Episode 4 - Scientific Study Reports There are Too Many Scientific Studies

 Image credit: Atlassian Confluence, using ISI data from the journal "Scientometrics" and Science of Science and Innovation Policy (SciSIP) data from NSF Awards Search.

Image credit: Atlassian Confluence, using ISI data from the journal "Scientometrics" and Science of Science and Innovation Policy (SciSIP) data from NSF Awards Search.

Meanwhile in the land of scientometrics, a new scientific report concludes that there are too many scientific reports for scientists to keep track of. As you can tell, this episode of the podcast gets just a tad meta.

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Episode Transcript

A recent study published in arXiv claims that there may be more newly published scientific studies these days than scientists can actually keep up with. (arXiv is an online open-access electronic archive and distribution server for research articles that is maintained and operated by the Cornell University Library.) The authors of the paper, Parolo et al., claim that the exponential growth in scientific papers makes it difficult for researchers to keep track of pertinent research in their fields of interest. The amount of attention a paper can maintain in its field, measured by the number of citation counts, also suffers as a result of this high growth in publications. To take a closer look at the actual lifespans of scientific literature, Parolo et al. performed a systematic analysis of the life cycles of scientific papers across historical periods and multiple scientific fields, including physics, medicine, chemistry, and biology. They looked at a comprehensive list of publications (both articles and reviews) written in English till the end of 2010 that were included in the database of the Thomson Reuters (TR) Web of Science.  Now it's been known that the typical lifespan for a paper seems to be short-lived, with its citation count increasing for the few years after its publication, reaching its peak, then decaying rapidly shortly thereafter. What these authors found was that this exponential rate of decay appears to be even faster as of late, most likely, as they suggest, due to the sheer increase in the amount of published research that is available to the public. They have thus termed this phenomenon "attention decay".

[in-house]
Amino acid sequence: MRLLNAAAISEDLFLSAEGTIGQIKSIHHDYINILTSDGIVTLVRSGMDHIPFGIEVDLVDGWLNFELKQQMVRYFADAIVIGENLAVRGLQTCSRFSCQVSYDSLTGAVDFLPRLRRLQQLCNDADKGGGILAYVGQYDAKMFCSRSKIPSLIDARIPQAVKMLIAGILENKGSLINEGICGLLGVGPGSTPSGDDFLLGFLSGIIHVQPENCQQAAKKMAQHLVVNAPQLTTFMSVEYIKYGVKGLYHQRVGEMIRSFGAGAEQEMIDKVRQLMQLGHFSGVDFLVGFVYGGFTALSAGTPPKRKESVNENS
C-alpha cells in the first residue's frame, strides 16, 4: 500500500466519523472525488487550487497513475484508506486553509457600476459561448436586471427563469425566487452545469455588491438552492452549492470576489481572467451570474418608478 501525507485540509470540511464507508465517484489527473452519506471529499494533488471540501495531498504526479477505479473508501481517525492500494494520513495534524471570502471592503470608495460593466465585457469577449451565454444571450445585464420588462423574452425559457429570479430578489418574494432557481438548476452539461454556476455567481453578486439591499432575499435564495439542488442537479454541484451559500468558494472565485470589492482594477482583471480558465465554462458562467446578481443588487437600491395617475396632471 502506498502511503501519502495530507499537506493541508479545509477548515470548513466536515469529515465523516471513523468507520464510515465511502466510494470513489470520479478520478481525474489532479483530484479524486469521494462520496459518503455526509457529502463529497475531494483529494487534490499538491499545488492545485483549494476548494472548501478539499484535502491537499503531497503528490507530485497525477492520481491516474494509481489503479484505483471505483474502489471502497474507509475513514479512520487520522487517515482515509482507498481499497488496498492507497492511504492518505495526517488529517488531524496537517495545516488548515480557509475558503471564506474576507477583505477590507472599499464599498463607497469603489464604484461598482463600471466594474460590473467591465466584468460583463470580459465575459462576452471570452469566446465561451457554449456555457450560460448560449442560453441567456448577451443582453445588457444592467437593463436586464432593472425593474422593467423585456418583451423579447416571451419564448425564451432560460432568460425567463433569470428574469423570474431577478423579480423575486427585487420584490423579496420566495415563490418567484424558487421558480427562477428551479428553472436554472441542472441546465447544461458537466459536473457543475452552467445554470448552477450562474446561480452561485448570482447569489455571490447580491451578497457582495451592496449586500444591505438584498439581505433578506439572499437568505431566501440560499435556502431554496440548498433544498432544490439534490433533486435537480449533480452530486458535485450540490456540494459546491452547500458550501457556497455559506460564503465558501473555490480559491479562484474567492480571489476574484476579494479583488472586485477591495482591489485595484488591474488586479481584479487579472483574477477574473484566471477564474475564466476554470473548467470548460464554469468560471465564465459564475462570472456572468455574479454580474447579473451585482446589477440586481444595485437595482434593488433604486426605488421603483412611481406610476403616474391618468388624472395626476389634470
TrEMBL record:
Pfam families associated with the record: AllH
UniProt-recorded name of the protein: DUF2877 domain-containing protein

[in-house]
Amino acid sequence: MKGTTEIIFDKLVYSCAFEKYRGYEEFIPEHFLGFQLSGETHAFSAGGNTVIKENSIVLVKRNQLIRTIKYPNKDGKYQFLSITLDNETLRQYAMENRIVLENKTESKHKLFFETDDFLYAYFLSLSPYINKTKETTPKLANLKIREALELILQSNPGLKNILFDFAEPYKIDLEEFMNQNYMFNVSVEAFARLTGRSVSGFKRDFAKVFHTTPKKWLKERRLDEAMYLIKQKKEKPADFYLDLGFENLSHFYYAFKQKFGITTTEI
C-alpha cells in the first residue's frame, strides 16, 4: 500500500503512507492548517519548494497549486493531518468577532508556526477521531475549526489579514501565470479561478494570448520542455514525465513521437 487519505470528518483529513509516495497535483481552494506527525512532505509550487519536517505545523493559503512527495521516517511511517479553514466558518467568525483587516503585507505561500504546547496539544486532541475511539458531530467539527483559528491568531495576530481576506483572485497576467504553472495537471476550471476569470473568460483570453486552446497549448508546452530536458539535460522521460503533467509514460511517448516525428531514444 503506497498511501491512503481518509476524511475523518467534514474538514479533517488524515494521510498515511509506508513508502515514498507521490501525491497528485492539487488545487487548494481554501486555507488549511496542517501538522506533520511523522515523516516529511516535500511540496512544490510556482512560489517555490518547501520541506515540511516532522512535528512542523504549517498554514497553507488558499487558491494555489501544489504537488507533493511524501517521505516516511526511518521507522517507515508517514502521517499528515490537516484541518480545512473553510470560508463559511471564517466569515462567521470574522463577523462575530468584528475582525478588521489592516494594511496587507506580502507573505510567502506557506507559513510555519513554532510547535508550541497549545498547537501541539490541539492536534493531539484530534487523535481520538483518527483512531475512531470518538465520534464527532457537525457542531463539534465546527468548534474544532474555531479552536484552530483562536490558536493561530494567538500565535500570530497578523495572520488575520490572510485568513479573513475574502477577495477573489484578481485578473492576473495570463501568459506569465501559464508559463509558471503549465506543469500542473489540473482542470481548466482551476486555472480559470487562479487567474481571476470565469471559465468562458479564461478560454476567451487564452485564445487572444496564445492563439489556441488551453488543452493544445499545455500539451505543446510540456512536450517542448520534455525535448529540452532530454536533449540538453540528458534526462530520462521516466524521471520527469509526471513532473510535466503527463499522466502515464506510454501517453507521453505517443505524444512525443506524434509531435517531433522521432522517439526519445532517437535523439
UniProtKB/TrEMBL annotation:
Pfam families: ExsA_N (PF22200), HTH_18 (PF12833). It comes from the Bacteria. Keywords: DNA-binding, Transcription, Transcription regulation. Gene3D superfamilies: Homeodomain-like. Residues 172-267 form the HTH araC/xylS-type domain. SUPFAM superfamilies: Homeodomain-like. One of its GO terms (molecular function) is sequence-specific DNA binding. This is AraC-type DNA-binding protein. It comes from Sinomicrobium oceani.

Why is this such a problem?

Science, among other fields like entertainment, operates on an attention economy. Researchers who produce new knowledge, so to speak, are rewarded with attention by their peers in the form of citations - and in turn, these peers' standing is measured by the number of citations they receive. In the entertainment industry, this is how celebrities become phenomenons or "stars". They receive a higher income of attention than is the norm in their fields. So not only is attention the currency of science, but as you can imagine, attention is linked to things like productivity. The more attention something gets, the more productive whoever made that thing is going to be. Look at any content creator on the internet. The authors use YouTube videos as a prime example. The more attention a channel gets because of a certain video, let's say, the more productive that YouTuber is likely to be in creating more content. It's kind of like a positive feedback loop. Conversely, if a video receives very little attention or the amount of attention dedicated to it starts to taper off, you most likely will not see much content coming from that YouTube channel. In the sciences, attention gets you motivated to keep doing research so you can keep discovering new knowledge and publish more papers. Attention probably has some influence on funding, as well, which is a pretty strong motivator to begin with.